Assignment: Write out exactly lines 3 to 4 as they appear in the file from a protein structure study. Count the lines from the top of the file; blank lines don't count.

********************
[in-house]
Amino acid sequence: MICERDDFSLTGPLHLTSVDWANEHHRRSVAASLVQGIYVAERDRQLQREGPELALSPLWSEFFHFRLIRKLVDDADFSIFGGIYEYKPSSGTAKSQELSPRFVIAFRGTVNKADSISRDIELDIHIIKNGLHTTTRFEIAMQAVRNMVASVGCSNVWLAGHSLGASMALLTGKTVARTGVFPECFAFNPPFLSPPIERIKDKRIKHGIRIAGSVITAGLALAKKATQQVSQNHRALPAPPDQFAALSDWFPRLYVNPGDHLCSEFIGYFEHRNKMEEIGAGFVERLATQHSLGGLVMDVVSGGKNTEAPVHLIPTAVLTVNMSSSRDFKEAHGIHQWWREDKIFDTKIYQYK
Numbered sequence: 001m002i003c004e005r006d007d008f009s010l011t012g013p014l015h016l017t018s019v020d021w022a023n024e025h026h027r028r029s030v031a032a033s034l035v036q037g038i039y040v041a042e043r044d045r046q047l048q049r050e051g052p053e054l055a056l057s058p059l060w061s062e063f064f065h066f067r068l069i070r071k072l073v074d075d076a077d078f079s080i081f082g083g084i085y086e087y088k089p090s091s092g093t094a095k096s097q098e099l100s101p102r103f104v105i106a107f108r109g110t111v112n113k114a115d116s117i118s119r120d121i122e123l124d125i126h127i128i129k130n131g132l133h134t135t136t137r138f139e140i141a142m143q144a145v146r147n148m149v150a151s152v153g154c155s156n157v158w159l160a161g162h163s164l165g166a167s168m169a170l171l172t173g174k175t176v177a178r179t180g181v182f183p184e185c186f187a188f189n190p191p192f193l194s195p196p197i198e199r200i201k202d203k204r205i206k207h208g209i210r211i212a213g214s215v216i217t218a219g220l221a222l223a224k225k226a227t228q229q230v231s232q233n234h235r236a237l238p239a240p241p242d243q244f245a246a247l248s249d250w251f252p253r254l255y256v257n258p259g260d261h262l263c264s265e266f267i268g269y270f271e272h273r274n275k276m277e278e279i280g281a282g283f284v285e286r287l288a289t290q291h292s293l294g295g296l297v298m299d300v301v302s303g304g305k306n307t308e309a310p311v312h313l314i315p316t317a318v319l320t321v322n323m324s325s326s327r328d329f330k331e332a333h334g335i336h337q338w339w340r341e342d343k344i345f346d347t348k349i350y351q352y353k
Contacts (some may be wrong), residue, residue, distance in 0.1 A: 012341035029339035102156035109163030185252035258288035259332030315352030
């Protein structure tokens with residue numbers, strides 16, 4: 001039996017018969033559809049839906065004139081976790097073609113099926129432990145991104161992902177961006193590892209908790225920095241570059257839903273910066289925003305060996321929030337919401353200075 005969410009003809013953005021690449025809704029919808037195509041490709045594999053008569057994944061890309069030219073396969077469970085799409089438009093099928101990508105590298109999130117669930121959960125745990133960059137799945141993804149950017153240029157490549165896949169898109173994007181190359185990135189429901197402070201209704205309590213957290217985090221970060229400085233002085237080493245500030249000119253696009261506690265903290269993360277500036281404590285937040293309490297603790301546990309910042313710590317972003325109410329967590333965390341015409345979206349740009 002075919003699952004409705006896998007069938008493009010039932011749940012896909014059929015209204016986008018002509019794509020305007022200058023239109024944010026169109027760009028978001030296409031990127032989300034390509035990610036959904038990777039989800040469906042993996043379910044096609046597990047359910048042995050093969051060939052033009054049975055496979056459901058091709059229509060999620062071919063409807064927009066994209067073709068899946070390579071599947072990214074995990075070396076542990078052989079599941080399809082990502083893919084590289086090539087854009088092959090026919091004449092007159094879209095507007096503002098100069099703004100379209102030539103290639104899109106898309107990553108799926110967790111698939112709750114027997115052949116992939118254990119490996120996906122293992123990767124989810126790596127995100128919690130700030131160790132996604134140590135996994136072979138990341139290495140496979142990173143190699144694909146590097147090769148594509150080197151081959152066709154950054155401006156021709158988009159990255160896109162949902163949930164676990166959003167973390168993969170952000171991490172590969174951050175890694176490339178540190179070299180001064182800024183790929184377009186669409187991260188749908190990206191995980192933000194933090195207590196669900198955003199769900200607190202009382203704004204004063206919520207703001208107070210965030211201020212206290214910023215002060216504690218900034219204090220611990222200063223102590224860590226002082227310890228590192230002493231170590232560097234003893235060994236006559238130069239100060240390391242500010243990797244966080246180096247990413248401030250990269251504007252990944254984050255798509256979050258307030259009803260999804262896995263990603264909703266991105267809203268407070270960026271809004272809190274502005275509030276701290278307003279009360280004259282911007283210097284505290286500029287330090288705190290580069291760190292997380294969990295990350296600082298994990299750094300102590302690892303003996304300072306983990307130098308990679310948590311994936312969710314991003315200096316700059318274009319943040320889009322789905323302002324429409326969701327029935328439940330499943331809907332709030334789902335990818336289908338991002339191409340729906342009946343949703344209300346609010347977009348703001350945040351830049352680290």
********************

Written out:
Numbered sequence: 001m002i003c004e005r006d007d008f009s010l011t012g013p014l015h016l017t018s019v020d021w022a023n024e025h026h027r028r029s030v031a032a033s034l035v036q037g038i039y040v041a042e043r044d045r046q047l048q049r050e051g052p053e054l055a056l057s058p059l060w061s062e063f064f065h066f067r068l069i070r071k072l073v074d075d076a077d078f079s080i081f082g083g084i085y086e087y088k089p090s091s092g093t094a095k096s097q098e099l100s101p102r103f104v105i106a107f108r109g110t111v112n113k114a115d116s117i118s119r120d121i122e123l124d125i126h127i128i129k130n131g132l133h134t135t136t137r138f139e140i141a142m143q144a145v146r147n148m149v150a151s152v153g154c155s156n157v158w159l160a161g162h163s164l165g166a167s168m169a170l171l172t173g174k175t176v177a178r179t180g181v182f183p184e185c186f187a188f189n190p191p192f193l194s195p196p197i198e199r200i201k202d203k204r205i206k207h208g209i210r211i212a213g214s215v216i217t218a219g220l221a222l223a224k225k226a227t228q229q230v231s232q233n234h235r236a237l238p239a240p241p242d243q244f245a246a247l248s249d250w251f252p253r254l255y256v257n258p259g260d261h262l263c264s265e266f267i268g269y270f271e272h273r274n275k276m277e278e279i280g281a282g283f284v285e286r287l288a289t290q291h292s293l294g295g296l297v298m299d300v301v302s303g304g305k306n307t308e309a310p311v312h313l314i315p316t317a318v319l320t321v322n323m324s325s326s327r328d329f330k331e332a333h334g335i336h337q338w339w340r341e342d343k344i345f346d347t348k349i350y351q352y353k
Contacts (some may be wrong), residue, residue, distance in 0.1 A: 012341035029339035102156035109163030185252035258288035259332030315352030